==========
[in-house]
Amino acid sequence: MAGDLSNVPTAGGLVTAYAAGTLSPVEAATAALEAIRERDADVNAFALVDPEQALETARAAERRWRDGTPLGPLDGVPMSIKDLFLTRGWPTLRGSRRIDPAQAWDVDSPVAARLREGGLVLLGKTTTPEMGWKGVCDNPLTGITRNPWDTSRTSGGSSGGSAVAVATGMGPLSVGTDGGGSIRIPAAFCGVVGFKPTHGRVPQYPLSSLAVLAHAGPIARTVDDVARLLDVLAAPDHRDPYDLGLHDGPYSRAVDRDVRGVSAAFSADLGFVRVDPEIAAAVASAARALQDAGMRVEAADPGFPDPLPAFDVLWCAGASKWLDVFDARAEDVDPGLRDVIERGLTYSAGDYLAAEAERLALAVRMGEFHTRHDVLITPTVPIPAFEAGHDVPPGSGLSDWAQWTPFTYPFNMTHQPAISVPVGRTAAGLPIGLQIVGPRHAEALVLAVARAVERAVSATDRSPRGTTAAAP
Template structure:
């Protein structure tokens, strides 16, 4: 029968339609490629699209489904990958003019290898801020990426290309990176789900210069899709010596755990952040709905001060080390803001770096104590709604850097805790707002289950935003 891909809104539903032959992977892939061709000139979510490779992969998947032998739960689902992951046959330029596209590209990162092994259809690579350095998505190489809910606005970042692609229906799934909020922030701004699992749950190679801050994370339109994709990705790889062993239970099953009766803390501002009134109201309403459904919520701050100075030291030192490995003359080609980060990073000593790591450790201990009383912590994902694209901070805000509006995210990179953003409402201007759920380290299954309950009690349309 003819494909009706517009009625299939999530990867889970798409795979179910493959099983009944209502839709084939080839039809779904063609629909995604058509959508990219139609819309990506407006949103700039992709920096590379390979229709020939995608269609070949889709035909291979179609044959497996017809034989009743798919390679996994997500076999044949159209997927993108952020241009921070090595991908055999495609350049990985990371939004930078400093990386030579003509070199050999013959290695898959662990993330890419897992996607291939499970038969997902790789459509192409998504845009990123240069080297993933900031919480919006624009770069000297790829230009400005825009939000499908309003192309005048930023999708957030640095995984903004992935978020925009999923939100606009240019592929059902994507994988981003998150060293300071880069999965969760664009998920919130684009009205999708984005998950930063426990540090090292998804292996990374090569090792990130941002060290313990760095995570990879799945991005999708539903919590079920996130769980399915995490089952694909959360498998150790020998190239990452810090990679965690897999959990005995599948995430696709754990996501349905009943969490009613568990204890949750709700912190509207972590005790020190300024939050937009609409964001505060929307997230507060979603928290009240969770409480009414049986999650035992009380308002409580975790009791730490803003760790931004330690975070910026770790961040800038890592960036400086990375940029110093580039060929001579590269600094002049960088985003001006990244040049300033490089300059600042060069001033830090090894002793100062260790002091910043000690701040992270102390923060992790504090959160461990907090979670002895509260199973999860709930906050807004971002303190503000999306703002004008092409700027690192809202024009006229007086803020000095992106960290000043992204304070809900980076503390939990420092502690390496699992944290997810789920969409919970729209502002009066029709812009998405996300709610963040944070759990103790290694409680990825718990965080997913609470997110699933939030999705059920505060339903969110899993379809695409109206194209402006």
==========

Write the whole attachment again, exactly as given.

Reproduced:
[in-house]
Amino acid sequence: MAGDLSNVPTAGGLVTAYAAGTLSPVEAATAALEAIRERDADVNAFALVDPEQALETARAAERRWRDGTPLGPLDGVPMSIKDLFLTRGWPTLRGSRRIDPAQAWDVDSPVAARLREGGLVLLGKTTTPEMGWKGVCDNPLTGITRNPWDTSRTSGGSSGGSAVAVATGMGPLSVGTDGGGSIRIPAAFCGVVGFKPTHGRVPQYPLSSLAVLAHAGPIARTVDDVARLLDVLAAPDHRDPYDLGLHDGPYSRAVDRDVRGVSAAFSADLGFVRVDPEIAAAVASAARALQDAGMRVEAADPGFPDPLPAFDVLWCAGASKWLDVFDARAEDVDPGLRDVIERGLTYSAGDYLAAEAERLALAVRMGEFHTRHDVLITPTVPIPAFEAGHDVPPGSGLSDWAQWTPFTYPFNMTHQPAISVPVGRTAAGLPIGLQIVGPRHAEALVLAVARAVERAVSATDRSPRGTTAAAP
Template structure:
């Protein structure tokens, strides 16, 4: 029968339609490629699209489904990958003019290898801020990426290309990176789900210069899709010596755990952040709905001060080390803001770096104590709604850097805790707002289950935003 891909809104539903032959992977892939061709000139979510490779992969998947032998739960689902992951046959330029596209590209990162092994259809690579350095998505190489809910606005970042692609229906799934909020922030701004699992749950190679801050994370339109994709990705790889062993239970099953009766803390501002009134109201309403459904919520701050100075030291030192490995003359080609980060990073000593790591450790201990009383912590994902694209901070805000509006995210990179953003409402201007759920380290299954309950009690349309 003819494909009706517009009625299939999530990867889970798409795979179910493959099983009944209502839709084939080839039809779904063609629909995604058509959508990219139609819309990506407006949103700039992709920096590379390979229709020939995608269609070949889709035909291979179609044959497996017809034989009743798919390679996994997500076999044949159209997927993108952020241009921070090595991908055999495609350049990985990371939004930078400093990386030579003509070199050999013959290695898959662990993330890419897992996607291939499970038969997902790789459509192409998504845009990123240069080297993933900031919480919006624009770069000297790829230009400005825009939000499908309003192309005048930023999708957030640095995984903004992935978020925009999923939100606009240019592929059902994507994988981003998150060293300071880069999965969760664009998920919130684009009205999708984005998950930063426990540090090292998804292996990374090569090792990130941002060290313990760095995570990879799945991005999708539903919590079920996130769980399915995490089952694909959360498998150790020998190239990452810090990679965690897999959990005995599948995430696709754990996501349905009943969490009613568990204890949750709700912190509207972590005790020190300024939050937009609409964001505060929307997230507060979603928290009240969770409480009414049986999650035992009380308002409580975790009791730490803003760790931004330690975070910026770790961040800038890592960036400086990375940029110093580039060929001579590269600094002049960088985003001006990244040049300033490089300059600042060069001033830090090894002793100062260790002091910043000690701040992270102390923060992790504090959160461990907090979670002895509260199973999860709930906050807004971002303190503000999306703002004008092409700027690192809202024009006229007086803020000095992106960290000043992204304070809900980076503390939990420092502690390496699992944290997810789920969409919970729209502002009066029709812009998405996300709610963040944070759990103790290694409680990825718990965080997913609470997110699933939030999705059920505060339903969110899993379809695409109206194209402006």